Where were you when Hurricane Matthew screwed up your III Points plans?
I wasn't even in Miami. I was planning to head down from college in Jacksonville when the storm steered its cruel, windy gaze toward the Sunshine State. The six-hour drive became too dangerous to attempt as the storm grazed the coast. My ride home bailed. Instead of partying in Wynwood, I spent the weekend holed up at a friend's watching Werner Herzog documentaries and episodes of Mighty Morphin' Power Rangers. The storm didn't even knock out the power as it howled outside.
For most others, III Points weekend probably went better, but the festival mood was unfortunately soured by hurricane cancellations, and paramount among them was that of headliner LCD Soundsystem. James Murphy and his electronic orchestra would've been smack dab in the 305 if that punk-ass rain machine Matthew hadn't come beating down the door like a stalker ex. We could easily play the "Fuck 2016" song here, but it's a tune you're surely tired of hearing. At the very least, the bandmates wrote on Facebook that they "obviously need to figure out something in Miami when we can." But until that happens, Miamians will have something to tide them over: an appetizer of a DJ set at Bardot from one of the group's core members, drummer and multi-instrumentalist Pat Mahoney.
Part of what makes LCD Soundsystem a tremendous live band is its insistence on authentically replicating James Murphy's intricate studio assemblages onstage. That means bringing up nearly every tiny piece of the puzzle onstage and getting someone to play the part. Just watch Shut Up and Play the Hits, the documentary of the band's celebrated Madison Square Garden extravaganza, and you'll be impressed by the scale of it all.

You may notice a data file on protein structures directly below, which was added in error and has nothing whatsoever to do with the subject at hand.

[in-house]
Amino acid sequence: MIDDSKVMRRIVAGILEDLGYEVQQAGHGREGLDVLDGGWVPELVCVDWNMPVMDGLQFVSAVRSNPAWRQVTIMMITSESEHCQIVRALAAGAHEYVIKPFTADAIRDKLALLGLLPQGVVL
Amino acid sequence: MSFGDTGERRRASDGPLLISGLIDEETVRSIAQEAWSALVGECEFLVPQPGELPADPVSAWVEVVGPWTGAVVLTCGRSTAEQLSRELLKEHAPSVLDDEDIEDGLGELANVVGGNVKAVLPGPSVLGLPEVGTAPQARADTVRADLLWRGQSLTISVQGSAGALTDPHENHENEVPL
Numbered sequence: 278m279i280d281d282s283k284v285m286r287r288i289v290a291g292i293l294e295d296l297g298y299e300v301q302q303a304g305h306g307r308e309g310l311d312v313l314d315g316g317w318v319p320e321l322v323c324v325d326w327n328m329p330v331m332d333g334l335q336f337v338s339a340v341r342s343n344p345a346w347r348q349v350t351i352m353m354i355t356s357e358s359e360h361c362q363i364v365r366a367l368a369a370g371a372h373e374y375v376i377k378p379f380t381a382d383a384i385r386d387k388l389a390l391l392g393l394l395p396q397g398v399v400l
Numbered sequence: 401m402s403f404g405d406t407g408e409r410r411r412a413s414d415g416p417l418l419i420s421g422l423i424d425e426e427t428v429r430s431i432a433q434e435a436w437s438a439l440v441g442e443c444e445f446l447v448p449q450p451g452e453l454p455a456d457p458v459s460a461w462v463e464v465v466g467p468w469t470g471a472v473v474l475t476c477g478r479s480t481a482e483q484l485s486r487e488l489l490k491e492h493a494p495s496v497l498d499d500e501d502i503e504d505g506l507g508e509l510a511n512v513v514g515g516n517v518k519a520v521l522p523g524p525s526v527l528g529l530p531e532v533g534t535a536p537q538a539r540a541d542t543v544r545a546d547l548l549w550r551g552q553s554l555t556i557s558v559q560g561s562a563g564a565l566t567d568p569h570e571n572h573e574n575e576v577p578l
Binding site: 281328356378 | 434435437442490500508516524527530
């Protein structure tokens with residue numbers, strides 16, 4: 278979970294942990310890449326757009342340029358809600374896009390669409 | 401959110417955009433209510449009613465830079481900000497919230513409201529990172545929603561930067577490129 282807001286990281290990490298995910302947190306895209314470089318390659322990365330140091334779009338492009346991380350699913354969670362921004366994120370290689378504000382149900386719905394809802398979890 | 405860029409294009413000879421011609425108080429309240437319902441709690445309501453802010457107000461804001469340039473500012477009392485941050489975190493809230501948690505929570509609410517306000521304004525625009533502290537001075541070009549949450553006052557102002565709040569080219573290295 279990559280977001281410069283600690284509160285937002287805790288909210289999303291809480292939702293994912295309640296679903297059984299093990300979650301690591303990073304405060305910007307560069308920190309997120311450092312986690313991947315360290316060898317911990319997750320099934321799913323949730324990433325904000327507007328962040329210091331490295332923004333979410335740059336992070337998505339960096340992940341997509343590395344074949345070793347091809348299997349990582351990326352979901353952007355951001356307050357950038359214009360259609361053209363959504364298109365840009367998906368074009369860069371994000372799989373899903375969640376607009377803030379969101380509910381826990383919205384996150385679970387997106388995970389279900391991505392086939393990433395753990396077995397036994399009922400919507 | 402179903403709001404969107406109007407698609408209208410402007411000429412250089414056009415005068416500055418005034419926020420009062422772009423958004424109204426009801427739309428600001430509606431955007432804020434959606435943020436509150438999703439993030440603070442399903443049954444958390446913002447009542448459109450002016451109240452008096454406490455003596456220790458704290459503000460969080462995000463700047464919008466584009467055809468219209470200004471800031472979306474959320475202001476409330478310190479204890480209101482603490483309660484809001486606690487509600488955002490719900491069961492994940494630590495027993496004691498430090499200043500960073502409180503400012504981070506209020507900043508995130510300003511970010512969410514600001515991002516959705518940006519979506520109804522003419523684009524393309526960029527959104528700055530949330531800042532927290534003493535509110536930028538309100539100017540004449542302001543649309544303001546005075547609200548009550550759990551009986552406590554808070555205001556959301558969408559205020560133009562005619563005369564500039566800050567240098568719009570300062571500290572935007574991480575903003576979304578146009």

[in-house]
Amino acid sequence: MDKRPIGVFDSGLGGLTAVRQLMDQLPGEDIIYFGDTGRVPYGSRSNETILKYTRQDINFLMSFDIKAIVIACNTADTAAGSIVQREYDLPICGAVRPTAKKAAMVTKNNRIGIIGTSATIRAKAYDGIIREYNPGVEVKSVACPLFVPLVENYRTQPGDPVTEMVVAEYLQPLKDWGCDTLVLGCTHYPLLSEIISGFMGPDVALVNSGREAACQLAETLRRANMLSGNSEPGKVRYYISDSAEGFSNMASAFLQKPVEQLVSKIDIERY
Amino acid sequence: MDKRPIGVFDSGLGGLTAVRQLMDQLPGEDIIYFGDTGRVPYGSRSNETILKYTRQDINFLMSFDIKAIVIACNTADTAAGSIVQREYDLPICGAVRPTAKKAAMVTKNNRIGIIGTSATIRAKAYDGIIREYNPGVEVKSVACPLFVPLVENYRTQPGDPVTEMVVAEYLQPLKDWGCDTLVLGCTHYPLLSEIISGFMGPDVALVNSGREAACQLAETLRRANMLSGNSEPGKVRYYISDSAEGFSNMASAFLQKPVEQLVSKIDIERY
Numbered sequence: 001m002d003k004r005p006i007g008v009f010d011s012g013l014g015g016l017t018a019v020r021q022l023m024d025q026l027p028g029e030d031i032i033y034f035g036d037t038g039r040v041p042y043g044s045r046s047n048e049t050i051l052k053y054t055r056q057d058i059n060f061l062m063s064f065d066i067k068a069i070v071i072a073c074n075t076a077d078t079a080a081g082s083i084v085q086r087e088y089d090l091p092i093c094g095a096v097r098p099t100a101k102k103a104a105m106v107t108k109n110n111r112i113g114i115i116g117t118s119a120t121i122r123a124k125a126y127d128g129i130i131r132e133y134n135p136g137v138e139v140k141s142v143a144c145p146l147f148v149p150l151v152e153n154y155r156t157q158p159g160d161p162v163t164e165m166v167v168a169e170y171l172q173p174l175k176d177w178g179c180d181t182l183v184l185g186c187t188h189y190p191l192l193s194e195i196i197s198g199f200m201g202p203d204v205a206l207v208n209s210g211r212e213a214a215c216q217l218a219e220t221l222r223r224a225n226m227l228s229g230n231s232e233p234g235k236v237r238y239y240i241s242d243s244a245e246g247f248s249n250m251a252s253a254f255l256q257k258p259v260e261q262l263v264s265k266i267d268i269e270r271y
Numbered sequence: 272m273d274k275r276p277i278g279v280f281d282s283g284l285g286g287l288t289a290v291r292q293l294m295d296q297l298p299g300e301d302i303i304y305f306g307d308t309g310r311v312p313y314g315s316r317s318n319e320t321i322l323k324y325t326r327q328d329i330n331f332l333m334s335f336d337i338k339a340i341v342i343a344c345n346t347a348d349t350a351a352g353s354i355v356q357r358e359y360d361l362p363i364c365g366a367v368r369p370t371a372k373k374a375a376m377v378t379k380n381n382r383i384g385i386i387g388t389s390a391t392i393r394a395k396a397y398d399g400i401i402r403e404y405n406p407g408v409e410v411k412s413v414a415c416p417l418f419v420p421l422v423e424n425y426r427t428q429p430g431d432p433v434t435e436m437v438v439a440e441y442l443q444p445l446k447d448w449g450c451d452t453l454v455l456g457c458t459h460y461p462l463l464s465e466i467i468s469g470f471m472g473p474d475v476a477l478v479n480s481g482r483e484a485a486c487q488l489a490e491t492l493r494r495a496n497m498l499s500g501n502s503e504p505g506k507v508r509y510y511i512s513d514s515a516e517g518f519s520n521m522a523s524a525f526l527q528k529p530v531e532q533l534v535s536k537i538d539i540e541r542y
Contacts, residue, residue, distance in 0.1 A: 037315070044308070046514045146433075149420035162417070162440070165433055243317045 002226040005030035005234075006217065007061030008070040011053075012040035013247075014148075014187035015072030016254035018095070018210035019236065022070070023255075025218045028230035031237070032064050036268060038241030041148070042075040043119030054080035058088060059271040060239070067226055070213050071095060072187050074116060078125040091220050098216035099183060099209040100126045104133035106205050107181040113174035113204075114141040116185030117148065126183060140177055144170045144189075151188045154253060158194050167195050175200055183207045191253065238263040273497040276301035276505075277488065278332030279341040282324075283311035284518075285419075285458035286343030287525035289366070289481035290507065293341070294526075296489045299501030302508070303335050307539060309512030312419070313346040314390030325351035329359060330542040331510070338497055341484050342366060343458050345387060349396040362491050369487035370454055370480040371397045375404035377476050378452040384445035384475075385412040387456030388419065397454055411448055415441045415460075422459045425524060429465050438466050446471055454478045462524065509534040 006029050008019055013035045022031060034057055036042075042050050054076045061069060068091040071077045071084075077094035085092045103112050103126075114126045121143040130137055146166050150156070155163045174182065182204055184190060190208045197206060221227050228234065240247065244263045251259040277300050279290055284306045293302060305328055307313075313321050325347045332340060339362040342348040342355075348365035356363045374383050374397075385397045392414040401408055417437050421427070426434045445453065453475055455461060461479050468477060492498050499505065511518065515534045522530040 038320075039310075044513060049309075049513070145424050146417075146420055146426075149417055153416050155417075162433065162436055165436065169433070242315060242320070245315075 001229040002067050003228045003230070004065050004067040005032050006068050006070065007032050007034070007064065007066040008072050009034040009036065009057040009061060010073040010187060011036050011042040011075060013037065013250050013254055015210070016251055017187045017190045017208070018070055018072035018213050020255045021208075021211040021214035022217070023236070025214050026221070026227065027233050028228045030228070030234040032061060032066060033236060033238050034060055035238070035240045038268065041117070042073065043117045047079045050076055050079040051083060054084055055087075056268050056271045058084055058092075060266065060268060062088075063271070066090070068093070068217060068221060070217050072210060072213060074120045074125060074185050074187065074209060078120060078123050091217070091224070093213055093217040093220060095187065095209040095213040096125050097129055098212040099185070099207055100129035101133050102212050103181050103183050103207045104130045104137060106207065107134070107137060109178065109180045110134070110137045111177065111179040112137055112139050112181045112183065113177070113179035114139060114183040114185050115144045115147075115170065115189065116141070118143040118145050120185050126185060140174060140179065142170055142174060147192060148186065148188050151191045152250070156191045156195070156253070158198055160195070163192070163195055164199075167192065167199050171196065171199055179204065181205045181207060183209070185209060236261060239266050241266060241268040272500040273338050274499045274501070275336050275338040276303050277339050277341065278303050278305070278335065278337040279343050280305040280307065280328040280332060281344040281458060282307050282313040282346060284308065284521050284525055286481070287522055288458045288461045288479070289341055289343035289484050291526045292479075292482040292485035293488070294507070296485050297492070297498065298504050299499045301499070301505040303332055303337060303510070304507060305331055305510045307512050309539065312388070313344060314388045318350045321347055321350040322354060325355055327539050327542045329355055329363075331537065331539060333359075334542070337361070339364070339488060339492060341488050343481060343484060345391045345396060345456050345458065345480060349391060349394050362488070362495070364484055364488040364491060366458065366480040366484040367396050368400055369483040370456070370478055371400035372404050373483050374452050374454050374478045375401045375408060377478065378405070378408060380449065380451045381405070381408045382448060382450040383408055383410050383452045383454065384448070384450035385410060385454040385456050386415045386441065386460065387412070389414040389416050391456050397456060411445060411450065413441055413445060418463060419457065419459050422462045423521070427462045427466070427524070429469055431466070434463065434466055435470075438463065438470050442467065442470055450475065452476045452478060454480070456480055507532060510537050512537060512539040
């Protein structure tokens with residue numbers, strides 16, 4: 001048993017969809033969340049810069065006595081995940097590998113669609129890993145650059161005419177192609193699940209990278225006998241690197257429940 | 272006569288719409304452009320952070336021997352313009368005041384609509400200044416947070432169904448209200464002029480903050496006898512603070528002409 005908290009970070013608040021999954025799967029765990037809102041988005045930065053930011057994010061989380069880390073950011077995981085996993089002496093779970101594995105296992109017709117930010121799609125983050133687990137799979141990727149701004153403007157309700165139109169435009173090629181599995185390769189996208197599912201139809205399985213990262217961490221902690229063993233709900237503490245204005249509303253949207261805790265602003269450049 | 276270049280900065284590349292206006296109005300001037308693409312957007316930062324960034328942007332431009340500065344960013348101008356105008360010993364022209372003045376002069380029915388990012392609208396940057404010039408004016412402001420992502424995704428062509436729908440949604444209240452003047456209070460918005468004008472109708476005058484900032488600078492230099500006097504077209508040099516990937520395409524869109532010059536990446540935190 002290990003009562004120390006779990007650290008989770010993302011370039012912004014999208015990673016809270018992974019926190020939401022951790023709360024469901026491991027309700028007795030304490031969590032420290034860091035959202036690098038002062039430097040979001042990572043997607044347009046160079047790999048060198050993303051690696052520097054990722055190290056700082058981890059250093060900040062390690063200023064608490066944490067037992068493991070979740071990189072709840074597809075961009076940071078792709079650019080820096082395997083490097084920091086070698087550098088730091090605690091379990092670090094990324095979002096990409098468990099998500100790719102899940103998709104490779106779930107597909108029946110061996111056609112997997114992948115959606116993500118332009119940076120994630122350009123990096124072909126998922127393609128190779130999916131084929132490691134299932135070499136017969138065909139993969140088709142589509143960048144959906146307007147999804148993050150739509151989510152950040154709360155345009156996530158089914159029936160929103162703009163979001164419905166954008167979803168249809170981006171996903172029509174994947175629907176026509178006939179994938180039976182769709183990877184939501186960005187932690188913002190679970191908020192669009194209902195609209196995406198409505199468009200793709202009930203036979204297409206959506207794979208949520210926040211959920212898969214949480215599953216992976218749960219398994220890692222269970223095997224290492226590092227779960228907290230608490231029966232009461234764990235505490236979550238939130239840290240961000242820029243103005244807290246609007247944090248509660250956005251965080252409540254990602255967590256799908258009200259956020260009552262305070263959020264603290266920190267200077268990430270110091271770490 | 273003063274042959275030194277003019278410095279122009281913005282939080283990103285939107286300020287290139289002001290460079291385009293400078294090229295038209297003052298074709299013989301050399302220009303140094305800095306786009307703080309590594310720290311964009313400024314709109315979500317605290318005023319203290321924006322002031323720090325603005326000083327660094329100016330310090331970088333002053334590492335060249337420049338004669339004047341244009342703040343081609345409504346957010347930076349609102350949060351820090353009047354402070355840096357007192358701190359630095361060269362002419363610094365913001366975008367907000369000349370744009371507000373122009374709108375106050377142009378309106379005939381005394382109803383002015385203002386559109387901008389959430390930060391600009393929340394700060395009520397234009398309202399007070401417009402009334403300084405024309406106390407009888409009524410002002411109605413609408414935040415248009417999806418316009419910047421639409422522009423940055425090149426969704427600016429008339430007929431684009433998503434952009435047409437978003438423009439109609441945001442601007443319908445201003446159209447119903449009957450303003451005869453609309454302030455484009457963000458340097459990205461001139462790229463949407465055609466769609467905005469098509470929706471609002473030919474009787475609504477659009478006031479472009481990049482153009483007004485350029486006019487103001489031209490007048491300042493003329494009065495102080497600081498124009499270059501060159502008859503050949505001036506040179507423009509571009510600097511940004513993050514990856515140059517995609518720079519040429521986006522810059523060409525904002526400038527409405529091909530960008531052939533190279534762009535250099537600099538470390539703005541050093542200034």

We Believe Local Journalism is Critical to the Life of a City
Engaging with our readers is essential to Miami New Times's mission. Make a financial contribution or sign up for a newsletter, and help us keep telling Miami's stories with no paywalls.
Support Our Journalism
You'll also see Mahoney, bashing away at the kit in short shorts and a white tee. He's there all night. He doesn't stop. He doesn't indulge in any John Bonham-esque showmanship. He simply drums away, forming the backbone of every superextended disco-punk freakout Murphy has up his sleeve — all the hits, from "Yeah" to "Us v Them" to "Losing My Edge." What makes drummers the greatest musicians is their dogged endurance, the ability to play the same beats over and over, all night, while their muscles cramp and scream for mercy. And when it comes to endurance, Mahoney is king. He's a human drum machine.
Had everything gone according to plan at III Points, LCD would have been one of two Mahoney-featuring acts on the festival bill: Museum of Love, his project with Run Roc label head Dennis McNany, was also scheduled to perform. Their self-titled album sends the dance-punk sound of LCD back to the early '80s, when synthpop was coming into its own and New Romantic artists such as Duran Duran and Tears for Fears rubbed up against the darker sounds of New Order and Soft Cell.
Of course, when he comes to Bardot this Friday, he'll be all by his lonesome. Don't look at that as a detriment, however — Mahoney is an accomplished DJ in his own right after years behind the decks solo and with James Murphy. His older mixes, such as the excellent Fabriclive 36 with Murphy, focused on disco and the genesis of club music. More recent sets have included Balearic beat, tropical house, and the synthy goodness that inspired Museum of Love. Expect a special brew of dance-floor salvation that might be just a bit grittier than the average throwback set. This isn't your everyday DJ juice. This is a big ol' pot of Mahoney: It's sweeter and stickier than anything else on the block, and it might just be the perfect antidote to a stressful season.